Design and Aesthetics: A Reader
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Design and Aesthetics: A Reader is a comprehensive student reader on design history and aesthetic theory. It includes contributions from many of the writers whose work has been foundational to these two fields, including classic articles by Raymond Williams and Roger Scruton, and newer articles which provide an overview of current concerns and debates.
The role of design in the world today has aroused much controversy. The first half of this book deals with the main arguments which have emerged from contemporary analysis of its role in the communication process. Essays focus on the question of absolute aesthetic standards versus cultural relativism, and the role of objects in cultural and social life. The second part turns to particular areas of design history, ranging from architecture and pottery to the history of dress. These two main sectors are prefaced by contextualising introductions by Jerry Palmer and Mo Dodson.
Part I. 7 See in particular the beautiful speech given by Socrates at the end of the Symposium. Plato’s thought—reconstituted by Augustine and Boethius, and embellished with all the symbolic trappings of mediaeval courtly love— achieved its finest expression in Dante’s Divine Comedy, a work in which the conflict between the carnal and the spiritual, the temporal and the eternal, is confronted and resolved. 8 See, for example, Summa Theologica, la, 2ae, 27, 1. Also Hegel 1979: Introduction. 9 Kant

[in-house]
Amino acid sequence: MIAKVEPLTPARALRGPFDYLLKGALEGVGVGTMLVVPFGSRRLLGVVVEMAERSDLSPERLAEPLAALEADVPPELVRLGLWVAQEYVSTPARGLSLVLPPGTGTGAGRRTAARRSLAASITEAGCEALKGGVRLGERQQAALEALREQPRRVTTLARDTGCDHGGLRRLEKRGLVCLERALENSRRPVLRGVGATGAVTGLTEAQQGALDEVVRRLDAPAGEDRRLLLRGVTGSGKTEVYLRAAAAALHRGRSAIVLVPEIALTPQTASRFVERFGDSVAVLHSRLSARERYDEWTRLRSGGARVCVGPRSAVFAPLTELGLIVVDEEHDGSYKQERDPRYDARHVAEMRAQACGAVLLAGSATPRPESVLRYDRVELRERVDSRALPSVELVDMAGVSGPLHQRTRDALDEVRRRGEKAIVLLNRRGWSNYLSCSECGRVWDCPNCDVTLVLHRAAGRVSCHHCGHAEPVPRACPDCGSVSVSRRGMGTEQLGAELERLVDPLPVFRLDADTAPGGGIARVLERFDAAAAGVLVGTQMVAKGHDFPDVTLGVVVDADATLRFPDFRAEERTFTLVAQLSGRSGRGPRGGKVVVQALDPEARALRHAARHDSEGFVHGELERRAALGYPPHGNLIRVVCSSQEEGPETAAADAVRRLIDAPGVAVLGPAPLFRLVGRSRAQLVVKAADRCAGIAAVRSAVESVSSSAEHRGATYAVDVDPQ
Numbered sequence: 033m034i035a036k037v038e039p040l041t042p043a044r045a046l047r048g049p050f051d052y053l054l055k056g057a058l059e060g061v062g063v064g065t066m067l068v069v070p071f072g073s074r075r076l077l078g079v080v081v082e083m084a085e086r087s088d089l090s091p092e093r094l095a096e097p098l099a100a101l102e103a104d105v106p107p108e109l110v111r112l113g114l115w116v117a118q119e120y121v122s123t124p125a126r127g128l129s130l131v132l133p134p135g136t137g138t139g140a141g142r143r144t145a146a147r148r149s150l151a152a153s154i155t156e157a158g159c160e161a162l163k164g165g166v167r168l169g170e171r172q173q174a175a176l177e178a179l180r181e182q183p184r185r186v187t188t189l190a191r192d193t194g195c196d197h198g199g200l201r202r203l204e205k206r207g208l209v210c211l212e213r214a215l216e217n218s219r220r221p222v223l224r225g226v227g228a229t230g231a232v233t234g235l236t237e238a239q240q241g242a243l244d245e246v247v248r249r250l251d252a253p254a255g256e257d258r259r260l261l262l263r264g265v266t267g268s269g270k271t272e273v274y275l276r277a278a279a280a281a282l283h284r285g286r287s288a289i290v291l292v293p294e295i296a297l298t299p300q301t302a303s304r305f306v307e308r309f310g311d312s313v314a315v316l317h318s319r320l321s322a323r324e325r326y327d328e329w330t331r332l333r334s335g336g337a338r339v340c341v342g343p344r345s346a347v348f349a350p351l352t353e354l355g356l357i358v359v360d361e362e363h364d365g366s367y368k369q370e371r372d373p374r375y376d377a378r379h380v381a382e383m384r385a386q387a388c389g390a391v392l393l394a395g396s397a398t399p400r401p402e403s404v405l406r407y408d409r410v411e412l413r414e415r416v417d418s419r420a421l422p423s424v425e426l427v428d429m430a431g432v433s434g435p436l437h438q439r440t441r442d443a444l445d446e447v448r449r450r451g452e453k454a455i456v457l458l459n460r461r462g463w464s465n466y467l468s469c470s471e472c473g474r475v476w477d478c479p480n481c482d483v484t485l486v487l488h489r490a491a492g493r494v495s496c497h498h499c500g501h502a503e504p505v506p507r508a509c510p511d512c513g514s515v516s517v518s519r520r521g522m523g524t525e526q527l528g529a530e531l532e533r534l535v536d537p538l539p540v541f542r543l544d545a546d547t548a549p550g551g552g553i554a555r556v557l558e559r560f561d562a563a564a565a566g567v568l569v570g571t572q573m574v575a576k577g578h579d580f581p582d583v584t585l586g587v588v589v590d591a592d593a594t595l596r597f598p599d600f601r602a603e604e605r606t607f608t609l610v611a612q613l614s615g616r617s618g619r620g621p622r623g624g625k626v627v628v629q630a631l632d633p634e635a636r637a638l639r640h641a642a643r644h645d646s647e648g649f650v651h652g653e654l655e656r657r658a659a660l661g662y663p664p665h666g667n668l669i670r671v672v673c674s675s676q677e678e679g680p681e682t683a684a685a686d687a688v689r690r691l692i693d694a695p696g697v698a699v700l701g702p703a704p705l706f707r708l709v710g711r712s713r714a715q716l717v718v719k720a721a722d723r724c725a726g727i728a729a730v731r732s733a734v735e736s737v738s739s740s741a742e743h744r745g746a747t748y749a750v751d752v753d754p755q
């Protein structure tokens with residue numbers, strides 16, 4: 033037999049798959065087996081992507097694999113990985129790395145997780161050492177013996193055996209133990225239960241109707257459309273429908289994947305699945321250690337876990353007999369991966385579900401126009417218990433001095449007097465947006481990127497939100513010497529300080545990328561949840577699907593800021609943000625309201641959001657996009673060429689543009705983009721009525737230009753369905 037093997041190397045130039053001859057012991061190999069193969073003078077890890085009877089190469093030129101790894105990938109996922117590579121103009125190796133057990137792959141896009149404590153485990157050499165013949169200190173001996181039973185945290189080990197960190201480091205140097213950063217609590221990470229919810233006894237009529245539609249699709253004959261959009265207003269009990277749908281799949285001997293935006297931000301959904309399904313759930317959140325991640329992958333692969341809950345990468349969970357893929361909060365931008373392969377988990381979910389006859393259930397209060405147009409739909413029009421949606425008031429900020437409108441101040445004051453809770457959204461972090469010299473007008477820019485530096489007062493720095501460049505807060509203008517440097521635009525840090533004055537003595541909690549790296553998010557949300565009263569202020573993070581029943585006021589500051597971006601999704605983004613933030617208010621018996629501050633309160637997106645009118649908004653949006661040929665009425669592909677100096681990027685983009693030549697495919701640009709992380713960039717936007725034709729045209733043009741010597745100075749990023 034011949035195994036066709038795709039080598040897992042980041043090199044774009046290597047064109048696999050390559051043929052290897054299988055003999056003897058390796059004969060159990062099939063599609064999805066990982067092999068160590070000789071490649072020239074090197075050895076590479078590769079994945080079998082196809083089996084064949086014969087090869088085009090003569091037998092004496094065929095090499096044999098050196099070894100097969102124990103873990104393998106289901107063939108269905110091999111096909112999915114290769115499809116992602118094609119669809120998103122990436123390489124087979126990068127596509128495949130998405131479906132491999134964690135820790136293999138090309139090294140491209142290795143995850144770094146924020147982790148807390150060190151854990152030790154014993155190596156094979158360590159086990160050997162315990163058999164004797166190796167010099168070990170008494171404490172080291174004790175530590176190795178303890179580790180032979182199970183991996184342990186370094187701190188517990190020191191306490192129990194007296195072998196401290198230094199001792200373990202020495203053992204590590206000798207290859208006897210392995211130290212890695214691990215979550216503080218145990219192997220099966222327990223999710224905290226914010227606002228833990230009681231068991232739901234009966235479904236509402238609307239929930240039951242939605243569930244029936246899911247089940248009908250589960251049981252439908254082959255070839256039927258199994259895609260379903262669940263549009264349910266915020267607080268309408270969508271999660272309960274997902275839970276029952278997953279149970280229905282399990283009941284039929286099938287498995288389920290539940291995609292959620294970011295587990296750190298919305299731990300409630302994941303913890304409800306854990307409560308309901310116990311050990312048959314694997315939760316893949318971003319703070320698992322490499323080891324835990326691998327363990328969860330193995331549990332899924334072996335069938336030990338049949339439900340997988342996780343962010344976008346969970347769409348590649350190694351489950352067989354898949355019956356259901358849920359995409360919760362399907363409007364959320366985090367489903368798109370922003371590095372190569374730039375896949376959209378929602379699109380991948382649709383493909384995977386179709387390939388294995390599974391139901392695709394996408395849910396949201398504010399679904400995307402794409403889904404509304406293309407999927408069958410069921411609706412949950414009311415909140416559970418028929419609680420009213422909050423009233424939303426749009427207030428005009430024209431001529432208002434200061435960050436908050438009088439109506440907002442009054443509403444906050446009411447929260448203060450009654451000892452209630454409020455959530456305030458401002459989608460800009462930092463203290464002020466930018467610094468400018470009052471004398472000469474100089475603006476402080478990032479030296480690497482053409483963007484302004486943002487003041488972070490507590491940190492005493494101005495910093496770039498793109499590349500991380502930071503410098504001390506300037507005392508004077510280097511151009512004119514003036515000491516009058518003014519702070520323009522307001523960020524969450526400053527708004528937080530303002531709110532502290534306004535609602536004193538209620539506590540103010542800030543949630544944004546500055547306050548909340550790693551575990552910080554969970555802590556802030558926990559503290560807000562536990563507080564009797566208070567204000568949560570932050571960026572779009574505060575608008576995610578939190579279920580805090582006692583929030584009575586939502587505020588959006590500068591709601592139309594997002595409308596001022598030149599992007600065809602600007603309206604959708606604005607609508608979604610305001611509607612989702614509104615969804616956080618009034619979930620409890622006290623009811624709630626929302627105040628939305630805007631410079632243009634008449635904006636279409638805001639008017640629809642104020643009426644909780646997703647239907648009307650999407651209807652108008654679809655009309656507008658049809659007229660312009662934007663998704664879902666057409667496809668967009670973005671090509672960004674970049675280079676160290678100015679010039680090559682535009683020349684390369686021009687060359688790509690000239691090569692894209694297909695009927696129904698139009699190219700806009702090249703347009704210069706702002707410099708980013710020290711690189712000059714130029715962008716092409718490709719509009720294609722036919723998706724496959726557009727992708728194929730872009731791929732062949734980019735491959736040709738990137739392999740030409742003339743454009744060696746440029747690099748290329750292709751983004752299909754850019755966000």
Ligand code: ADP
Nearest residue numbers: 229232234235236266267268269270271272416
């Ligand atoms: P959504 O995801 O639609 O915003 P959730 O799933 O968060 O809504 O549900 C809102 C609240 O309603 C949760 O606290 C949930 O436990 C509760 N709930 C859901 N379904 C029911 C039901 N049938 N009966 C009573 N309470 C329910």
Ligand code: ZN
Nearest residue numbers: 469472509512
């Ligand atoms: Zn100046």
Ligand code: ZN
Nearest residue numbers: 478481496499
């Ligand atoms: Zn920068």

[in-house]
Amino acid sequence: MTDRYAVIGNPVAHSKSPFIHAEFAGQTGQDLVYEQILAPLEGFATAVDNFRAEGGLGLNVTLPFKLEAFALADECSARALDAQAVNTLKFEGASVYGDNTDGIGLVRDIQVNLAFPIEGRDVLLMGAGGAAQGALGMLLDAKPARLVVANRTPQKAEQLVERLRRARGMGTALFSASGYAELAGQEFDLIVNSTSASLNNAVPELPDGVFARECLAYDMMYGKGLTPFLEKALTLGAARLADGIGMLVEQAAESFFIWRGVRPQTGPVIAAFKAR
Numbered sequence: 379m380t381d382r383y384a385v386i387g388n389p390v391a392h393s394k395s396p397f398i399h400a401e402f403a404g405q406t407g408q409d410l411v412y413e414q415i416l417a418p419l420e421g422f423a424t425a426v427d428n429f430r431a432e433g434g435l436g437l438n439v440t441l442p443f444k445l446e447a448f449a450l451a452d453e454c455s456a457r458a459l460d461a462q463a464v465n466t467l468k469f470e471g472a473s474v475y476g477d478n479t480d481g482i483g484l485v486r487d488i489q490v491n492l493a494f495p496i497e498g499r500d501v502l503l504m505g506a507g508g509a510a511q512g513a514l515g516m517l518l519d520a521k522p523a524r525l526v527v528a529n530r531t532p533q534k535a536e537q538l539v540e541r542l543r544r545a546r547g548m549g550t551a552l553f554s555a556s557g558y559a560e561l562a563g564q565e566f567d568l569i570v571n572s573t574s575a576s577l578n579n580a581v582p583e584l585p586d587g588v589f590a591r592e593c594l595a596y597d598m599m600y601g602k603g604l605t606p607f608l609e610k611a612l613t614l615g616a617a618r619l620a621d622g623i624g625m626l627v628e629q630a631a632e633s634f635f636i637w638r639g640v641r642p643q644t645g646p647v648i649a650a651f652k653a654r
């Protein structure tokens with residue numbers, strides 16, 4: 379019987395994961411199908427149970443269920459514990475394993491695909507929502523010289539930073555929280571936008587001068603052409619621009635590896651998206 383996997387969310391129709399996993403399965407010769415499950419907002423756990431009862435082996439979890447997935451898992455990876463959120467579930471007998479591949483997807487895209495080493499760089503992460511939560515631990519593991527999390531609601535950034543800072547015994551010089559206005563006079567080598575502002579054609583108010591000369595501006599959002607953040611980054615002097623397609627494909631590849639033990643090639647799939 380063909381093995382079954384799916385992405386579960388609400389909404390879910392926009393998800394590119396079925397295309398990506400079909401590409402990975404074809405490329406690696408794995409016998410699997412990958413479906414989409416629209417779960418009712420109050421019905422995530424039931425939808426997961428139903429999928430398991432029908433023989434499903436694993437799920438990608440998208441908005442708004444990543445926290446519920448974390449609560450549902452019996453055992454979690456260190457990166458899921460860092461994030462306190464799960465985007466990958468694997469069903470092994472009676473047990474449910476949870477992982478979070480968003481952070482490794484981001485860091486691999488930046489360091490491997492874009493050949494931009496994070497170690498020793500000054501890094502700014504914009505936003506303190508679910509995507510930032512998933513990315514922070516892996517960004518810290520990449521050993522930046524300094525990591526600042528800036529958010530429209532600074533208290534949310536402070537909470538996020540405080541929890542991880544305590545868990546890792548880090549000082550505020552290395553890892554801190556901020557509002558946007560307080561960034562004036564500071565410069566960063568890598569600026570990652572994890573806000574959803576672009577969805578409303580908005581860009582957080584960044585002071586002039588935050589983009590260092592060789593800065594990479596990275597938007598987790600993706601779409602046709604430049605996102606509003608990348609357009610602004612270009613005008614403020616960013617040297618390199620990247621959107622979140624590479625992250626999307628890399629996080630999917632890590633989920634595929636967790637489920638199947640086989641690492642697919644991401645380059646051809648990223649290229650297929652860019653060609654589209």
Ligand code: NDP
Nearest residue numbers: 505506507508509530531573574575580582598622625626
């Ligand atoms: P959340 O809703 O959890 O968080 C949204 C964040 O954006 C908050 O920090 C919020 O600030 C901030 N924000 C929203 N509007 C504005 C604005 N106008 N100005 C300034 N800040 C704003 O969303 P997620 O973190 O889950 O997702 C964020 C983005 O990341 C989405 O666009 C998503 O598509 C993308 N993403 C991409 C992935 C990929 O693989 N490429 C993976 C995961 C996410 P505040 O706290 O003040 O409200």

include an essay by David Docherty, Head of Strategic Planning at the BBC, on how such techniques are used on a day-to-day basis in media organizations. In general, such organizations need detailed empirical information about audience preferences in media output in order to make informed planning decisions about future output. While such information can never replace creativity, it is commonly the case in such organizations that it is used in the process of managing creative teams. Broadcasting,
sustainable generalization, giving substance to the basic emphasis of historical materialism. Human beings have, by associated labour, moved in thousands of ways out of passive dependence on their environment, and out of mere adaptive marginality at its edges. The reshaping, remaking and innovative transformation of the pre-human material world is absolutely significant, historically. But of course this can only be described as the ‘conquest of nature’ if the initial terms of a separated ‘man’
Biology of Art, London: Methuen ——(1967) The Naked Ape, London: Cape White, L. (1962) ‘The Concept of Culture’, in M.F. Ashley Montagu (ed.) Culture and the Evolution of Man, New York: Oxford University Press Chapter 9 Taste and virtue; or, the virtue of taste Mo Dodson …till that contemplation of universal rectitude and harmony which began by Taste, may, as it is exalted and refined, conclude in Virtue. (Reynolds, ‘Discourse IX’) I want to explore some of the problems at the heart of our
home and the foam of upholstery without a cover, but where family form and religious concerns still allow vehicles for its expression. As religion secures the future other techniques are used to incorporate the past, for example identity with roots which may be the history of East Indians in Trinidad, a more general nationialism for many Creoles or roots in Africa as with the Trinidadian Rastafarians who are increasingly moving today from the transient to the transcendent mode. In contrast to